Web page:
What's in a name
Name changes can be tricky but the Seapoint Fish and Grill has pulled it off and the food is great, writes CATHERINE CLEARY
SOMEONE DIDN’T GET the memo. “Hello, Seapoint Restaurant,” they answer when I ring to book a table, even though it’s now called something different. Name changes are tricky, especially when your restaurant is in the same building run by the same people. It’s the Dún Laoghaire as Kingstown, Snickers as Marathon, June, July and August as summer syndrome. But Seapoint Restaurant is now Seapoint Fish and Grill. A simple tweak. Even they don’t seem to be making a big thing of it.
Growing up in the beach county that is Wicklow, I was always a little snooty about Dublin beaches, feeling that they were just not beachy enough – until I discovered Seapoint. There, you have the joys of a sand-free swim, bobbing in Dublin Bay with a view of the Aviva Stadium from the water. You need to get over the mortification of inching in as icy fingers of water creep under your wetsuit while a daily swimmer twice your age wades into the waves in togs and a flower-dotted swim hat. But that’s Seapoint, a place where bronzed locals lounge like lizards on the warm honey-coloured stones and swim come rain, hail or shine.
Seapoint Fish and Grill doesn’t have a view of the bay, although it is decorated with evocative paintings of bathers in the nearby choppy waves. The restaurant is on Monkstown Crescent, in one of a line of stone mews running opposite the church.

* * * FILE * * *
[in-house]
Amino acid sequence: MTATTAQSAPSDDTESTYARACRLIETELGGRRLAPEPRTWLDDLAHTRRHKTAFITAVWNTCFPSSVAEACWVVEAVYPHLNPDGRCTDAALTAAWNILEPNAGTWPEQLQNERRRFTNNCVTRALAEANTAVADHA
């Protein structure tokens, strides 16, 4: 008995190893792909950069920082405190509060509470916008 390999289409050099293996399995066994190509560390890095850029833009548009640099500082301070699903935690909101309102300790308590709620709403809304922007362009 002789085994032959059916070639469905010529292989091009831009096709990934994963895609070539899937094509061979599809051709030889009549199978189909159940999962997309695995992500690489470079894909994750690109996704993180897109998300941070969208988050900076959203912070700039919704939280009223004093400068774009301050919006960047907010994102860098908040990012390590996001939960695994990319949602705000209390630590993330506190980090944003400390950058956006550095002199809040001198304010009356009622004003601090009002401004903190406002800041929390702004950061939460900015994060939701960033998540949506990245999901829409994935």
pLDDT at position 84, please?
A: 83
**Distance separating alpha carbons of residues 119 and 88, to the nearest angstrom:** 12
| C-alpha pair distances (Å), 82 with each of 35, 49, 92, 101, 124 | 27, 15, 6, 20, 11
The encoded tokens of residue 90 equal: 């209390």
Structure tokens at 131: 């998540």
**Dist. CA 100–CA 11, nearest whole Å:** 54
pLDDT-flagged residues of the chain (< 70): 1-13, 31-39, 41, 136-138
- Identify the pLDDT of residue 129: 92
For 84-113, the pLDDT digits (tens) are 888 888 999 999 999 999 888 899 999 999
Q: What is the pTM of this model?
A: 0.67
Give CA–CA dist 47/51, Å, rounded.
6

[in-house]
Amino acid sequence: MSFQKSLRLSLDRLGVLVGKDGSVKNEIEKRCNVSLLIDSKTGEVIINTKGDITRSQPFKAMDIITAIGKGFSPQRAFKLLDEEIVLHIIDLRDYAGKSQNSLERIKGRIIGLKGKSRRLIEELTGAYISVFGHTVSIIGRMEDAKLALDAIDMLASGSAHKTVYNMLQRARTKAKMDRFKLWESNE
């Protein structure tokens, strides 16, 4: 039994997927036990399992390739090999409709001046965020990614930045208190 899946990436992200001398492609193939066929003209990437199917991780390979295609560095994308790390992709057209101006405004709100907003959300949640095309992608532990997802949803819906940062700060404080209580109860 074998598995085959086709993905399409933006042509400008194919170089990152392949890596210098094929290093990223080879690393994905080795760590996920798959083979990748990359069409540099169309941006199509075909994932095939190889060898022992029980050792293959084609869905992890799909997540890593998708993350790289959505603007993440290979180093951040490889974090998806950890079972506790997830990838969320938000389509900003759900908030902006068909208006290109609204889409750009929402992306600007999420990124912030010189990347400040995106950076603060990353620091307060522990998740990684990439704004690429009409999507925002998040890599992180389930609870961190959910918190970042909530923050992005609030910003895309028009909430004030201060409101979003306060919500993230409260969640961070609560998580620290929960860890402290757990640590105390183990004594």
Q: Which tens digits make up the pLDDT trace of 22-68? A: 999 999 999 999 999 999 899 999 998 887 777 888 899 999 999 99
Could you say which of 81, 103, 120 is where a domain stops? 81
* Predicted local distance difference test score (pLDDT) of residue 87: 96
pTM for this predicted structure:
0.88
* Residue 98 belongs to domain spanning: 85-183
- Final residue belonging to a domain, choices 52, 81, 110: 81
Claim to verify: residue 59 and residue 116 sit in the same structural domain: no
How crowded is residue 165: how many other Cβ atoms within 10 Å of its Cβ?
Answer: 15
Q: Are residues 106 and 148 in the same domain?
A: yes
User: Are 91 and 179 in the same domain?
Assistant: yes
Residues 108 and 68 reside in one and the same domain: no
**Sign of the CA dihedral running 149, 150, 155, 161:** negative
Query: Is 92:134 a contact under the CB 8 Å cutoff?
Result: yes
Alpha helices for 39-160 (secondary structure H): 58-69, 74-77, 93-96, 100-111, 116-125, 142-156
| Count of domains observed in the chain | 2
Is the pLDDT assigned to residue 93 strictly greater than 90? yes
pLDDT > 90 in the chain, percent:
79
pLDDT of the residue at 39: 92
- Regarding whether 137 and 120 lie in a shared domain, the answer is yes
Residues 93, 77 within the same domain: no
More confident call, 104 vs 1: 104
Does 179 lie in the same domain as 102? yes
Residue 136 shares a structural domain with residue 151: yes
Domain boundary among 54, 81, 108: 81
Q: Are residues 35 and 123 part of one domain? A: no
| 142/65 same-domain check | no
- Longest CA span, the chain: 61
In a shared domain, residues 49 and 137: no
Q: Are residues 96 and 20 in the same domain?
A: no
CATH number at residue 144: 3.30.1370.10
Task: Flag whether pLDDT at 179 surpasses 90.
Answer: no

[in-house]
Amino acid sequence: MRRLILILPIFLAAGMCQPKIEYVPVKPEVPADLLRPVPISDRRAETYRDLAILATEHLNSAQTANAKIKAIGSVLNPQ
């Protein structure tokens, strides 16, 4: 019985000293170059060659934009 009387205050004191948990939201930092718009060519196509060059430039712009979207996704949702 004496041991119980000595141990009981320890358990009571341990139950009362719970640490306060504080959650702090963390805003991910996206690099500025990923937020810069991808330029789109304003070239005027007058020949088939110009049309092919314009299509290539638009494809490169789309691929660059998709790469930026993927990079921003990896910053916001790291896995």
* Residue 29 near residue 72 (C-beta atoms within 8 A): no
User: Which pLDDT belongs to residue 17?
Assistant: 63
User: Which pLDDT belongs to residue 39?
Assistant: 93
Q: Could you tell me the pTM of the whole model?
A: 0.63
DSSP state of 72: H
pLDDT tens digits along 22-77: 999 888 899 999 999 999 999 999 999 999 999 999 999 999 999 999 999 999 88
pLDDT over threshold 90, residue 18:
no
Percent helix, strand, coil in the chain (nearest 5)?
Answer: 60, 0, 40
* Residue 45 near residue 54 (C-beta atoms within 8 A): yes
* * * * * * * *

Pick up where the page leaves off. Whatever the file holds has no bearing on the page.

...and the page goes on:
I’ve only been able to get a late table on a busy Friday night and the place is thronged and noisy, so loud in fact that it’s not until the place empties out that we can hear the piped music they’ve been playing all evening. You walk in past a large, comfortable outdoor eating courtyard under a huge black canopy. Inside, the look is modern – wooden floor, tobacco brown panelling and orange banquette seating.
The new name may sound like a casual surf-and-turf place but the food holds on to the “restaurant” feeling just as doggedly as the staff do to the name. And that turns out to be no bad thing. I’m going all-fish with a mackerel smokies starter (€7.50). It’s a small pot of robustly flavoured chunks of fish, punchy as mackerel can be, with finely chopped bites of fennel and tomato to cut the creaminess of the sauce. It’s topped with a toasty “Coolattin crust”, which is a great use of this Wicklow cheddar and comes with a good salad and thin, toasted sourdough bread so the concoction can be spread like paté. It’s always a treat to find mackerel on an Irish menu and here, this cheap, plentiful and tasty staple fish is used excellently.
The “blackboard specials” are shown on a retro pinboard set into a large mirror in the centre of the restaurant. Carol’s bruschetta of crab claws is a wonderful, finger-licking plate of fresh crab claws with more fennel and tomato and served with micro-cress (€12.50).